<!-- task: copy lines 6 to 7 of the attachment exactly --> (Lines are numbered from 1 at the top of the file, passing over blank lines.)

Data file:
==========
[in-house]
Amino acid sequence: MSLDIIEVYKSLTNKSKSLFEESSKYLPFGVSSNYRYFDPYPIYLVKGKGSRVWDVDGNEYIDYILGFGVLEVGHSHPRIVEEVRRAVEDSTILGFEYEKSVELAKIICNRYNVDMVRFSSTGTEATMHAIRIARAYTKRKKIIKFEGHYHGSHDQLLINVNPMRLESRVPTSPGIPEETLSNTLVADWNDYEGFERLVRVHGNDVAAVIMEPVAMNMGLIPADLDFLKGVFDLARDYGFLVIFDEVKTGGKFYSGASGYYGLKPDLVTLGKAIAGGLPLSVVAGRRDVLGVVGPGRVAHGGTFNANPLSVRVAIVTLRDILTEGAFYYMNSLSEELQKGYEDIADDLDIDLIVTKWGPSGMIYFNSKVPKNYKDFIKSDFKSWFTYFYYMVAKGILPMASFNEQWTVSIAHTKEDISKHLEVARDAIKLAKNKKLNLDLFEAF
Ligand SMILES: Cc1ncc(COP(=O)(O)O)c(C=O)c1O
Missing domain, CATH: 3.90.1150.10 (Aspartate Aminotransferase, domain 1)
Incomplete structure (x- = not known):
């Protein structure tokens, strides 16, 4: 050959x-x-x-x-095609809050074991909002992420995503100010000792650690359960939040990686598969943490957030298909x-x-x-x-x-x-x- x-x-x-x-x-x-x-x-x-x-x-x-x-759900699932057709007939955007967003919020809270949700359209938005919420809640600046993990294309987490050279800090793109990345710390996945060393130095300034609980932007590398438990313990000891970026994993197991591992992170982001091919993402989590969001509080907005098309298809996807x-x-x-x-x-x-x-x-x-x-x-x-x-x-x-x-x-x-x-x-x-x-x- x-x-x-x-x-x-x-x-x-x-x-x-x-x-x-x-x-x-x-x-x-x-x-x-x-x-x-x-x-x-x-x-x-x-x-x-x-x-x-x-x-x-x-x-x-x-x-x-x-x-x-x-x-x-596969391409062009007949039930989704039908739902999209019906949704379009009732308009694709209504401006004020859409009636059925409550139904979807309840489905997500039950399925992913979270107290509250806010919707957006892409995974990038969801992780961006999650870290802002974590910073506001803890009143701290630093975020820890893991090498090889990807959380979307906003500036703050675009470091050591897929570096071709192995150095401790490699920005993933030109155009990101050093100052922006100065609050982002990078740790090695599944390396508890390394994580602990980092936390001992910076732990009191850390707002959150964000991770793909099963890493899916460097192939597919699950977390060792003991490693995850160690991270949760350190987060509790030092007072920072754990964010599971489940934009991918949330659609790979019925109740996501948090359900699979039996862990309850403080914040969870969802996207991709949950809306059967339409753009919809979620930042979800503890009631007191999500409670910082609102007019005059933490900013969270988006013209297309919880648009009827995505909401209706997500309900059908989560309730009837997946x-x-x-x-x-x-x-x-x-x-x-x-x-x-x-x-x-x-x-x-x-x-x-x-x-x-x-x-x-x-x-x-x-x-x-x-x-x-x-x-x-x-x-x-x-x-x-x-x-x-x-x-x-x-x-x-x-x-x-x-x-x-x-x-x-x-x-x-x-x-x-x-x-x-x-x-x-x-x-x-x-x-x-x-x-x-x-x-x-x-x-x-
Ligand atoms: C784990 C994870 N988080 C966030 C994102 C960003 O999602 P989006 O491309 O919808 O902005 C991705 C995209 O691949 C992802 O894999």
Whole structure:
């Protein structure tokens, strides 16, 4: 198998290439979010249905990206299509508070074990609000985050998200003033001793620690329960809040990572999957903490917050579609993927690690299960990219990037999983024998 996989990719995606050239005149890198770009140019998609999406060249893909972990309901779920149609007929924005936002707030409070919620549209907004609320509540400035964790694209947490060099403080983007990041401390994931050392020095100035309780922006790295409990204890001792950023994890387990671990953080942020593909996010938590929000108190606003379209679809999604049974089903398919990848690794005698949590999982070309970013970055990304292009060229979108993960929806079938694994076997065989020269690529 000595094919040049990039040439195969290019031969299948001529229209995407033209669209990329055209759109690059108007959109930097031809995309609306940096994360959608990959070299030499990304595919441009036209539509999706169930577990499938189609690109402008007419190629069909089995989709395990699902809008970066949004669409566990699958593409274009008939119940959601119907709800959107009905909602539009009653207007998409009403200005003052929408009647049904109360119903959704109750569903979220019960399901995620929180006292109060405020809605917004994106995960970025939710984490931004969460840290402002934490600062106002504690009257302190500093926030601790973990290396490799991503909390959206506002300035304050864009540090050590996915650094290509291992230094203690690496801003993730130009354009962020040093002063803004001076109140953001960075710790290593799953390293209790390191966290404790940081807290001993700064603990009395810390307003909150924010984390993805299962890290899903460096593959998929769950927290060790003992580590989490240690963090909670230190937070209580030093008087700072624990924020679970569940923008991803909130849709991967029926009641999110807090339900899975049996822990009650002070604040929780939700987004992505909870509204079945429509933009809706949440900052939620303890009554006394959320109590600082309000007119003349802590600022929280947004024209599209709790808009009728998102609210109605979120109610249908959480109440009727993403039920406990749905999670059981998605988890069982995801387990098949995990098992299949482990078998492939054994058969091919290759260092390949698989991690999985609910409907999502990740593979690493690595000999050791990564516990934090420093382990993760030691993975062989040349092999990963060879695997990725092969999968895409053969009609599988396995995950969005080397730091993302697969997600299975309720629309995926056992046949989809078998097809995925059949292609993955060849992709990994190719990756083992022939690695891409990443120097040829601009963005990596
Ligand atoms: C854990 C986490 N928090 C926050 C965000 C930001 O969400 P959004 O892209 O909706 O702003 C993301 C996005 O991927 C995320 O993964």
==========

């Protein structure tokens, strides 16, 4: 050959x-x-x-x-095609809050074991909002992420995503100010000792650690359960939040990686598969943490957030298909x-x-x-x-x-x-x- x-x-x-x-x-x-x-x-x-x-x-x-x-759900699932057709007939955007967003919020809270949700359209938005919420809640600046993990294309987490050279800090793109990345710390996945060393130095300034609980932007590398438990313990000891970026994993197991591992992170982001091919993402989590969001509080907005098309298809996807x-x-x-x-x-x-x-x-x-x-x-x-x-x-x-x-x-x-x-x-x-x-x- x-x-x-x-x-x-x-x-x-x-x-x-x-x-x-x-x-x-x-x-x-x-x-x-x-x-x-x-x-x-x-x-x-x-x-x-x-x-x-x-x-x-x-x-x-x-x-x-x-x-x-x-x-x-596969391409062009007949039930989704039908739902999209019906949704379009009732308009694709209504401006004020859409009636059925409550139904979807309840489905997500039950399925992913979270107290509250806010919707957006892409995974990038969801992780961006999650870290802002974590910073506001803890009143701290630093975020820890893991090498090889990807959380979307906003500036703050675009470091050591897929570096071709192995150095401790490699920005993933030109155009990101050093100052922006100065609050982002990078740790090695599944390396508890390394994580602990980092936390001992910076732990009191850390707002959150964000991770793909099963890493899916460097192939597919699950977390060792003991490693995850160690991270949760350190987060509790030092007072920072754990964010599971489940934009991918949330659609790979019925109740996501948090359900699979039996862990309850403080914040969870969802996207991709949950809306059967339409753009919809979620930042979800503890009631007191999500409670910082609102007019005059933490900013969270988006013209297309919880648009009827995505909401209706997500309900059908989560309730009837997946x-x-x-x-x-x-x-x-x-x-x-x-x-x-x-x-x-x-x-x-x-x-x-x-x-x-x-x-x-x-x-x-x-x-x-x-x-x-x-x-x-x-x-x-x-x-x-x-x-x-x-x-x-x-x-x-x-x-x-x-x-x-x-x-x-x-x-x-x-x-x-x-x-x-x-x-x-x-x-x-x-x-x-x-x-x-x-x-x-x-x-x-
Ligand atoms: C784990 C994870 N988080 C966030 C994102 C960003 O999602 P989006 O491309 O919808 O902005 C991705 C995209 O691949 C992802 O894999």